AS Muslim issues are increasingly flogged as ‘flavor of the month’ by media outlets in search of stories that evoke the right mix of controversy and mass hysteria (ultimately translating into greater sales and greater ad revenues), it’s time Muslims—those who speak for Islam, as well as the viewers and readers – wise up and turn media savvy.
Is Islam Being Served?
Before we tune in or prepare to participate in a program, or agree to talk to or write for the media, or plug an article or website or TV program that strikes us as “must-read” or “must-watch”, we must ask ourselves in all sincerity: What is the intention and underlying purpose behind this?
- Is it self-aggrandizement or self-promotion?
- Am I abetting or promoting opinions and ideas that are contrary to the Qur’an, Sunnah (Prophetic tradition) and Ijmaa’ (consensus of the scholars)?
- Am I following my own whims and worldly desires?
This is because promoting ideas that lead to misguidance – whether deliberately or inadvertently – is not a small matter in Islam. Not for nothing does the Qur’an say:
“O you who believe! If a Fasiq comes to you with any news, verify it, lest you should harm the people in ignorance, and afterwards you become regretful for what you have done.” [Surah al Hujuraat, 49:6]
Are You Aware Of The Agenda?
The days of an unbiased media that fearlessly dug out the truth for its own sake and reported it for public benefit are, for the most part, long gone. Today, most secular media outlets operate under an open or covert agenda – and a shockingly large portion of it is antithetical, critical or downright opposed to orthodox Islam.
While this points to the crying need for more unbiased Muslim media organizations and networks on the one hand, it also underlines the need for greater awareness and vigilance on the part of the Muslim news consumer.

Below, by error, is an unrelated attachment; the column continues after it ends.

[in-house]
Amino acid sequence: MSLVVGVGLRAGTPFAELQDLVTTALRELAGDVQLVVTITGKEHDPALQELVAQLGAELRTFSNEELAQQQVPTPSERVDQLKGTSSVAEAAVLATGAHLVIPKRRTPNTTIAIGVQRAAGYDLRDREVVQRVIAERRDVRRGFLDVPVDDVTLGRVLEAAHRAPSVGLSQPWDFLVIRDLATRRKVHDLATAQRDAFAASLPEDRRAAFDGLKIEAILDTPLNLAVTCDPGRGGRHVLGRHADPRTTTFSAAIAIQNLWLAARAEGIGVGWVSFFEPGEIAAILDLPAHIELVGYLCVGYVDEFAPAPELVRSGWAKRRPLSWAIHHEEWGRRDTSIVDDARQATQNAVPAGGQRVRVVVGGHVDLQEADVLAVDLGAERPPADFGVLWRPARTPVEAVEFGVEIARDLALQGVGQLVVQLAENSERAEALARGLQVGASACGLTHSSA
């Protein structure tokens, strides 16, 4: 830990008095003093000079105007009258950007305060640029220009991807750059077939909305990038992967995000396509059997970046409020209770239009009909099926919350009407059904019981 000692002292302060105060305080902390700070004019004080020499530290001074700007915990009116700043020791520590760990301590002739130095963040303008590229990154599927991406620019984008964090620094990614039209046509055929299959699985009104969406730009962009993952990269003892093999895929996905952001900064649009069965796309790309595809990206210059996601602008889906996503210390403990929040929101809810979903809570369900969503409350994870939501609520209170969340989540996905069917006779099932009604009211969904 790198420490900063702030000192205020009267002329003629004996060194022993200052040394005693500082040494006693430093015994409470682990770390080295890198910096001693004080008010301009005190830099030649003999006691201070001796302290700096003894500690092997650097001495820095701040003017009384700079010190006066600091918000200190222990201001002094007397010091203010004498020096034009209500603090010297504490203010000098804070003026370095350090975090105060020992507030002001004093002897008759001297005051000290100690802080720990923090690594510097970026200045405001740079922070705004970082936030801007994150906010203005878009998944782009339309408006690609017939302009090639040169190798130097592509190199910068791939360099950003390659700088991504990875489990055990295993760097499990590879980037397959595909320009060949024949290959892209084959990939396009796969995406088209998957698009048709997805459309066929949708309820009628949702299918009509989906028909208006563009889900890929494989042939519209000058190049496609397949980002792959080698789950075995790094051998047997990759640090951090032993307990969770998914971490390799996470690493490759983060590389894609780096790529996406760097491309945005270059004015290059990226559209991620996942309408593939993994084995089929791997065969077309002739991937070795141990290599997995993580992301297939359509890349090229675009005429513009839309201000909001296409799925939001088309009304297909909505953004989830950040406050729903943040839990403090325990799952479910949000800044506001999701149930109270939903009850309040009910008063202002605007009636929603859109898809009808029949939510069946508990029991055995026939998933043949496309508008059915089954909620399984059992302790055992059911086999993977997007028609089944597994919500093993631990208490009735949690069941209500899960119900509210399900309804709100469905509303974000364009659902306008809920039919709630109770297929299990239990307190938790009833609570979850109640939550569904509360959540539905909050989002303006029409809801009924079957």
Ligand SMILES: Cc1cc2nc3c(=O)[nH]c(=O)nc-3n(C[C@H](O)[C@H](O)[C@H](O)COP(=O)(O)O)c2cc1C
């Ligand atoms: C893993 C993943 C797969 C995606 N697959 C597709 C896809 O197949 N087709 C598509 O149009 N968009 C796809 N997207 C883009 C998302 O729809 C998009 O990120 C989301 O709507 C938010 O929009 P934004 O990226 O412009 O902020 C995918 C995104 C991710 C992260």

Readers must evaluate their news sources for credibility, authenticity and coherence, before placing their trust in them and quoting newspaper reports and opinions as if they were holy writ. According to a narration: “It is enough for a man to be (classified as) a liar if he relates everything he hears.” [Sahih Muslim]
Get The Facts
When it comes to matters of the Religion, we cannot and should not rely solely on the media to do their homework and to get it right, without cross-checking sources and the qualifications of the people being touted as authorities on Islam – especially if they are speaking on technical aspects of Islamic legislation (Shariah) and jurisprudence (Fiqh).
Islamic scholars labor for years under the guidance of a number of teachers, buttressed by centuries of scholarship, in order to grasp and explain these subjects – understanding them is beyond the scope of a few quick Google searches or verdicts on websites which may be case-specific.
We must take the trouble to verify facts and opinions from a knowledgeable person, lest we be misled and mislead others in our ignorance. Islam has come to us through centuries of sacrifice and hardship, transmitted from the lips of Al-Ameen, The Trustworthy Prophet ﷺ, and his Companions who were incomparable in their zeal for establishing, verifying and testifying to the truth.
By cultivating a healthy dose of skepticism and insisting on well documented verifiable sources, Muslims will be doing themselves and journalism a giant favor – and perhaps also ensure that we don’t get bitten by the same hole multiple times.